About Bowen Island
Lush Bowen Island is nestled in Howe Sound on the west coast of British Columbia. It's close to the cosmopolitan city of Vancouver, but a world apart with its slower pace of living, winding country roads and thriving wildlife.
When asked what appeals most to them about Bowen, most residents will mention the community itself. Children form a large part of the community, and it has been said that Bowen has the largest number of children per capita of any BC municipality.
This mountain island has several peaks, lakes and streams. Bowen is home to a wide variety of wildlife. Mammals include deer, otters, porpoises, seals and sea lions. Birds large and small call the island home, such as herons, eagles, ospreys, woodpeckers, owls and seagulls. There is an annual salmon run in the fall, and many other marine creatures populate the surrounding sea.
Many folks on the island commute to work by ferry, while others work via Internet or in businesses on the island itself. Bowen has many musicians, writers, artists and technical professionals, and is prominent among retreat destinations for corporate groups and personal counselling programs.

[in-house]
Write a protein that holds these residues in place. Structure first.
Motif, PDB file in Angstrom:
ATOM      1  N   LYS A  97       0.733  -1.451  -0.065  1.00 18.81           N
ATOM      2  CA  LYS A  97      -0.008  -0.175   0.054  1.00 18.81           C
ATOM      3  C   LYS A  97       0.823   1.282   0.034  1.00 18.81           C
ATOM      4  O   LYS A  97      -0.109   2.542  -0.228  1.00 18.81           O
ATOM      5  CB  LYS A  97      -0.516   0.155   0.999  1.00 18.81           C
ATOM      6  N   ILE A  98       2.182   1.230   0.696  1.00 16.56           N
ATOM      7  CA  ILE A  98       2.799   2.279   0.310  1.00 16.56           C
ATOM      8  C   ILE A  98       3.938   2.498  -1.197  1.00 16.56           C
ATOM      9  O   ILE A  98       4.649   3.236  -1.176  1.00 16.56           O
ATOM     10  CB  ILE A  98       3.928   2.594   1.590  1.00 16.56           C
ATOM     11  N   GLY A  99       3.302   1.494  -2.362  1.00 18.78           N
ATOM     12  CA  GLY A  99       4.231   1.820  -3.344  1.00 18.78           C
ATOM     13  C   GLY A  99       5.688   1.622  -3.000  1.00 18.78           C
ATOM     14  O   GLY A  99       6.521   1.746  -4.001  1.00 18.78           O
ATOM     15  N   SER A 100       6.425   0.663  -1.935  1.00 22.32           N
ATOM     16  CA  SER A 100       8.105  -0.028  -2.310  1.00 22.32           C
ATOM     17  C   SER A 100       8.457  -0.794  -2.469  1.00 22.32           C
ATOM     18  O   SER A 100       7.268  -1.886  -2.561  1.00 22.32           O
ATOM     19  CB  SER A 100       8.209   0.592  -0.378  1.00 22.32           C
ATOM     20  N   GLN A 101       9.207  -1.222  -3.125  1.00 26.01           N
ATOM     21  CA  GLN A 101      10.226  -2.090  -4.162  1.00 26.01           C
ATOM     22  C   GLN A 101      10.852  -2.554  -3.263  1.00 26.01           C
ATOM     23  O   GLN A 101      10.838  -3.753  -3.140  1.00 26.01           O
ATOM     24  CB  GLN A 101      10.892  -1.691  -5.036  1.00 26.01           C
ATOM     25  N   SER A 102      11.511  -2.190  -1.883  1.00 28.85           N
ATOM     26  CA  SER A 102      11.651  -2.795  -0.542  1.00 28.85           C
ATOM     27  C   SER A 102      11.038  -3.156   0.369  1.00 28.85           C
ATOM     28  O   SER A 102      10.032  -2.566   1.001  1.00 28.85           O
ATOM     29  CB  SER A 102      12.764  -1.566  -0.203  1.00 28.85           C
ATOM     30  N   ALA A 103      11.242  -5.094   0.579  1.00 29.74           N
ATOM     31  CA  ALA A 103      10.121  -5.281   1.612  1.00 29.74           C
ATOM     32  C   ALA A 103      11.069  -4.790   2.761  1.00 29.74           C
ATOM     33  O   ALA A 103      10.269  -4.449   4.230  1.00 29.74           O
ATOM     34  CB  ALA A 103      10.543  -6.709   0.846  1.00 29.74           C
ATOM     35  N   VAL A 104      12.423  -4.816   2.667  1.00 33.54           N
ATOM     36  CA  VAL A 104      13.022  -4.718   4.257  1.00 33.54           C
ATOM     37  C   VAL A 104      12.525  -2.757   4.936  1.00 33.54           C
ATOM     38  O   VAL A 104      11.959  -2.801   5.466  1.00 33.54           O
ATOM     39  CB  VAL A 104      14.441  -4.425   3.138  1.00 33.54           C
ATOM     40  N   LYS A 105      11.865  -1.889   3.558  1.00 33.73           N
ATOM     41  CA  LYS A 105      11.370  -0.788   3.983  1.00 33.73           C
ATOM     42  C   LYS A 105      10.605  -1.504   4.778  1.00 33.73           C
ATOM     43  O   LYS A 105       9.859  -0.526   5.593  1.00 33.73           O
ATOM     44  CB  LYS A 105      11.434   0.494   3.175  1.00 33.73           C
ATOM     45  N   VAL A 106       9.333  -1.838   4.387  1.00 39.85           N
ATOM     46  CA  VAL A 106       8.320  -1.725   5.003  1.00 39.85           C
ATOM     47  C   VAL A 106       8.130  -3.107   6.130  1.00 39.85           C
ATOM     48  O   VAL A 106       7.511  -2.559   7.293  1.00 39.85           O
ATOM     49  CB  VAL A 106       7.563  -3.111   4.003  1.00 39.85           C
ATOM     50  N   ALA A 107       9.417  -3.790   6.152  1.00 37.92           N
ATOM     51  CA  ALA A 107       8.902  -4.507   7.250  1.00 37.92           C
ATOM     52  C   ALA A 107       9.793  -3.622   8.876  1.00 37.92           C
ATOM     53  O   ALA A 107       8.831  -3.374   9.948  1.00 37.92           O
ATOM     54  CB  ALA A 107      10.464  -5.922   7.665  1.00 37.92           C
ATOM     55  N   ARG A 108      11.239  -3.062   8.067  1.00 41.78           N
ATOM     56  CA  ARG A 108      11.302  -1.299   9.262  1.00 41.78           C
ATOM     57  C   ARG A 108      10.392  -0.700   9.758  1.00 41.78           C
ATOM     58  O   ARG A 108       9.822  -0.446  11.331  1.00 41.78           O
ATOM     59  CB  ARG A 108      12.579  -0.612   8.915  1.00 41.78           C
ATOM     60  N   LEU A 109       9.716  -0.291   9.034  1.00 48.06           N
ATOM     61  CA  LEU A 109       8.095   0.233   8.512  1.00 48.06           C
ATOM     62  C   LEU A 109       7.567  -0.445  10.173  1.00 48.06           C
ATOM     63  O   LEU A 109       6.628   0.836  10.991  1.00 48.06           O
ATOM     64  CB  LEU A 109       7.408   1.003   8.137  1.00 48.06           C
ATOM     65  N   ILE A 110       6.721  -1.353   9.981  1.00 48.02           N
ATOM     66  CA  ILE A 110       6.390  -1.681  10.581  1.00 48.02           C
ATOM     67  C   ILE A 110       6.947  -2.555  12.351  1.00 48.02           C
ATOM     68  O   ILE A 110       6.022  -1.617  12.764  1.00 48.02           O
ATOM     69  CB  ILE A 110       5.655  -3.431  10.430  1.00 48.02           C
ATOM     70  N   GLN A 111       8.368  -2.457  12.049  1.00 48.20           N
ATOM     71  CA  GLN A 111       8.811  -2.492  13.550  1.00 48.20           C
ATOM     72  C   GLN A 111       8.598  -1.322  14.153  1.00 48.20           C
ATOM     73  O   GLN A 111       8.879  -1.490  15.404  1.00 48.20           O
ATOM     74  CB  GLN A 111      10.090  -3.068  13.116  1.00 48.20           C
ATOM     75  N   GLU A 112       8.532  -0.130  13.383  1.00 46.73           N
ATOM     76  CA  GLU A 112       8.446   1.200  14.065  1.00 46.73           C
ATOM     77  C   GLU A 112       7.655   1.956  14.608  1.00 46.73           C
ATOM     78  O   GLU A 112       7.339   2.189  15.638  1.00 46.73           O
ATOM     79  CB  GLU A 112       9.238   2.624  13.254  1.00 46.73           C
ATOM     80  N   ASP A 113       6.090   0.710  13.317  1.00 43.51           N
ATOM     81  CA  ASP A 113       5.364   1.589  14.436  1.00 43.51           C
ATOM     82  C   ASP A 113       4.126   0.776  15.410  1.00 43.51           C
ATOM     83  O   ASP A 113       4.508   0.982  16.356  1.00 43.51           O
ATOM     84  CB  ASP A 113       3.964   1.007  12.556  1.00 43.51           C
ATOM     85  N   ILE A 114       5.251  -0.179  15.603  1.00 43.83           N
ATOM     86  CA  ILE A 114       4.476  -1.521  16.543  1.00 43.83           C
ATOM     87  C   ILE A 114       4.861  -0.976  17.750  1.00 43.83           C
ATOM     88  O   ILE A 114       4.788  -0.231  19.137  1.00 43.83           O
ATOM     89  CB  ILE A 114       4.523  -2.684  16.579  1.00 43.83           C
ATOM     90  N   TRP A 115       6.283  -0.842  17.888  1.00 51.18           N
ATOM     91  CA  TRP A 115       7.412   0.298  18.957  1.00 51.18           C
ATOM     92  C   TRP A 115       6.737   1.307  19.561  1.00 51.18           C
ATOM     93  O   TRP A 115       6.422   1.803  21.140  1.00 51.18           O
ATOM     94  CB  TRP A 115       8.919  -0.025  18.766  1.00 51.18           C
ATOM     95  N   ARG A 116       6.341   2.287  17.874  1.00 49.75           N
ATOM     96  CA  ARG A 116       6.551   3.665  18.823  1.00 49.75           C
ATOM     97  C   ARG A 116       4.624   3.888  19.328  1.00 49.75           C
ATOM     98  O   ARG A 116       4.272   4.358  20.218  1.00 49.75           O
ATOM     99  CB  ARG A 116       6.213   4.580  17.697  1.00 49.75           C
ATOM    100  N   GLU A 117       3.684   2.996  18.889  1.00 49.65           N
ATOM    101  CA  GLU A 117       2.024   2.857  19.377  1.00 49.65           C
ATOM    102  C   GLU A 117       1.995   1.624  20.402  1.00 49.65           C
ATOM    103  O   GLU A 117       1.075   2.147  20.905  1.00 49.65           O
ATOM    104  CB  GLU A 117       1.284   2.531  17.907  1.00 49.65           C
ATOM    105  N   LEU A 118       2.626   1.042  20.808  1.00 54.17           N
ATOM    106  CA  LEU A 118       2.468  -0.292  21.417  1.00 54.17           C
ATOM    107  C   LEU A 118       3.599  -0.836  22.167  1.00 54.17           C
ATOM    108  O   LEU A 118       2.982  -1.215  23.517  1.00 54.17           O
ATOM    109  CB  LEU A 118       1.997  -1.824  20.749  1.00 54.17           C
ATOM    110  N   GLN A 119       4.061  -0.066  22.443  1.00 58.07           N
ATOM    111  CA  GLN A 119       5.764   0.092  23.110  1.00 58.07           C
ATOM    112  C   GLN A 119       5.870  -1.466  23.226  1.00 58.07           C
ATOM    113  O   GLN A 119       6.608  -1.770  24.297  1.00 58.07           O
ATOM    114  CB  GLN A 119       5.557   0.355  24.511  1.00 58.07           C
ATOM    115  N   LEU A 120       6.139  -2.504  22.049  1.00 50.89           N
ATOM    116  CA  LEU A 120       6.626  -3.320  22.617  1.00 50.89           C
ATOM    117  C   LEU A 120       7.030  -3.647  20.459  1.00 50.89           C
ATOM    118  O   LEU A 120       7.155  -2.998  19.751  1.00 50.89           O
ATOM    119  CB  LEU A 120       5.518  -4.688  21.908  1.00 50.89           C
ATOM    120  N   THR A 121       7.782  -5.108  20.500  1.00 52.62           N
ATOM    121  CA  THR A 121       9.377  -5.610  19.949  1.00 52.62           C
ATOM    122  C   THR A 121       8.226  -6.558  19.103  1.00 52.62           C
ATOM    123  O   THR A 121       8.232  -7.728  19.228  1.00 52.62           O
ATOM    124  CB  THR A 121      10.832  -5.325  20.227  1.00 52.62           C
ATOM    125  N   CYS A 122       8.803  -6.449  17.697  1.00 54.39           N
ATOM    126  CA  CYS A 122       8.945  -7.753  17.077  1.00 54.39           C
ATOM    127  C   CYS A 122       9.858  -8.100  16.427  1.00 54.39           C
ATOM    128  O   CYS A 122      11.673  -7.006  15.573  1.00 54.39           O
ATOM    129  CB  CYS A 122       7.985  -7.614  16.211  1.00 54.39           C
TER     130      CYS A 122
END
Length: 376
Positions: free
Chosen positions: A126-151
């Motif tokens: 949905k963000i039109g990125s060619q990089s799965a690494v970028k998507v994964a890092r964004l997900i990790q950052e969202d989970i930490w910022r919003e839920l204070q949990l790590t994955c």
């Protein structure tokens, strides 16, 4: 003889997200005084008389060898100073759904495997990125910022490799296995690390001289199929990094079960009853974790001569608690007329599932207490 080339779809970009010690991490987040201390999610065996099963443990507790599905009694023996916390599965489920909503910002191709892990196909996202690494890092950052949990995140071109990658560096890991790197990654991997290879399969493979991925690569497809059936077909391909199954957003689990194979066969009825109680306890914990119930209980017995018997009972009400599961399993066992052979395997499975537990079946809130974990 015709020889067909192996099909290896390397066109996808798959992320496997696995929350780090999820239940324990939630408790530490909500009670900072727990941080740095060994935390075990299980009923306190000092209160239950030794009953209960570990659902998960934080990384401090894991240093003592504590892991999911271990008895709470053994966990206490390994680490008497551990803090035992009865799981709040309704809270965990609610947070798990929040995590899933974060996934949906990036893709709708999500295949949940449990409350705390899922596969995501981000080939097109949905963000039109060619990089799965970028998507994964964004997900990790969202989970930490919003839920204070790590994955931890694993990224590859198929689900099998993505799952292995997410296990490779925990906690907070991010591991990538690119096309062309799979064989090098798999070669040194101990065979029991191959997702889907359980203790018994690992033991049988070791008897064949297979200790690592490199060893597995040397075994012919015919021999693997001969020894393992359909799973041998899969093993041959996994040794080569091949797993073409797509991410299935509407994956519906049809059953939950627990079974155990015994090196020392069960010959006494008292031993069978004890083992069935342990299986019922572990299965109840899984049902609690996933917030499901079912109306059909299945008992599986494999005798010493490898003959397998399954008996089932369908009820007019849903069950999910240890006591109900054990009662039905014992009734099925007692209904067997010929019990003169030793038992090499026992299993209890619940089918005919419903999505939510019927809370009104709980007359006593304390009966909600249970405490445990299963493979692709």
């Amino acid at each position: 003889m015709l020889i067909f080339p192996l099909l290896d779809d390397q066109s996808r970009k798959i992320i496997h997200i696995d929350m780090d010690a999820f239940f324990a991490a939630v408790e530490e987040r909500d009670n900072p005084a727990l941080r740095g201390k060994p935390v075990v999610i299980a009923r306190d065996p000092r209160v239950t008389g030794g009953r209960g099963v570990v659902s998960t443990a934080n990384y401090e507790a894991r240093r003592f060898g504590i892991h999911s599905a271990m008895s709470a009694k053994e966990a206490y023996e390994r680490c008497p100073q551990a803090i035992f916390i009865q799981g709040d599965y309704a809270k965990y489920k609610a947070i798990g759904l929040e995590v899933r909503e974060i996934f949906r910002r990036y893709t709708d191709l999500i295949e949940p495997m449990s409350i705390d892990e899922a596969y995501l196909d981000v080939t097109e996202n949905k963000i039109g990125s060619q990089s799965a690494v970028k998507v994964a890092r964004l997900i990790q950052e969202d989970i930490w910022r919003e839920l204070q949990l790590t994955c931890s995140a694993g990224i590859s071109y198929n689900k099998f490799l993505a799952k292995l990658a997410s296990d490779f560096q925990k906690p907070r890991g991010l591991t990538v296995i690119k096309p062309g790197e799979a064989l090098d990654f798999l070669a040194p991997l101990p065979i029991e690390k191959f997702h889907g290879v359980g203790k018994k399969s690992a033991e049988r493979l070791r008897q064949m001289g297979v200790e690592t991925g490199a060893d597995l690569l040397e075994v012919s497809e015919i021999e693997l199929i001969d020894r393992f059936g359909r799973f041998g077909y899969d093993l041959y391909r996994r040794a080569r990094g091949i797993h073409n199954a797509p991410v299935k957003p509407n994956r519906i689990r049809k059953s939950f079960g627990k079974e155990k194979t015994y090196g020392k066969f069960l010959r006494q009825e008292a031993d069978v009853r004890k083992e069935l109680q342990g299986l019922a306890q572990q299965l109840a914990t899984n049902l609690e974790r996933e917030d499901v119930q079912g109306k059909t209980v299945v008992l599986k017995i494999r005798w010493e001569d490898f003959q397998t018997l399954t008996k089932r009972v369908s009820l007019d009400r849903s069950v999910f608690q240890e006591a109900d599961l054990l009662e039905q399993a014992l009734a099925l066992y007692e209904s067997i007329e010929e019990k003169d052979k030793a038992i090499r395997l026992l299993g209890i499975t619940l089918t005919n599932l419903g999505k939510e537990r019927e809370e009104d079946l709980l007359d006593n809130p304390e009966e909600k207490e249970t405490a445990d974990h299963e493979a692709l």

The island the only island municipality in the province, and is also overseen by the Islands Trust organization which governs the rest of the Gulf Islands.
Bowen land values have risen rapidly along with Vancouver’s, but still remain relatively lower than in the city, particularly in view of the spectacular scenery and unique privacy provided by the enveloping forest.
The hourly ferry provides easy access by car and on foot. Bus service coordinates with the ferry schedule. Many residents have kayaks, canoes, sailboats or motor boats. Majestic cruise ships to Alaska pass by the southern shore.
Visitors depart from Horseshoe Bay in West Vancouver by ferry and arrive twenty minutes later at Snug Cove. The view from the ferry is a spectacular panorama of forest-covered, snow-capped mountains plunging into the blue ocean. Water taxis also ply this route, offering charters and providing vital support for everything from emergency services to movie productions.
Snug Cove features a marina, kayak rental centre, restaurants, galleries and shops. Not far up the hill is Artisan Square with more galleries, shops and eateries.
Near the Cove is the Lagoon, where salmon rest in the fall on their journey upriver, where birds and otters play and where a cantankerous swan bullies the ducks. A trail connects the Lagoon with Killarney Lake through Crippen Park for a series of relaxing walks. Along the way it passes Bridal Falls, a waterfall especially powerful in the spring and fall.
From Snug Cove one can journey north west or south to other areas of the island. A government dock allows easy access at the north end of the island. On the west side are several pleasant beaches including Tunstall Bay and Bowen Bay.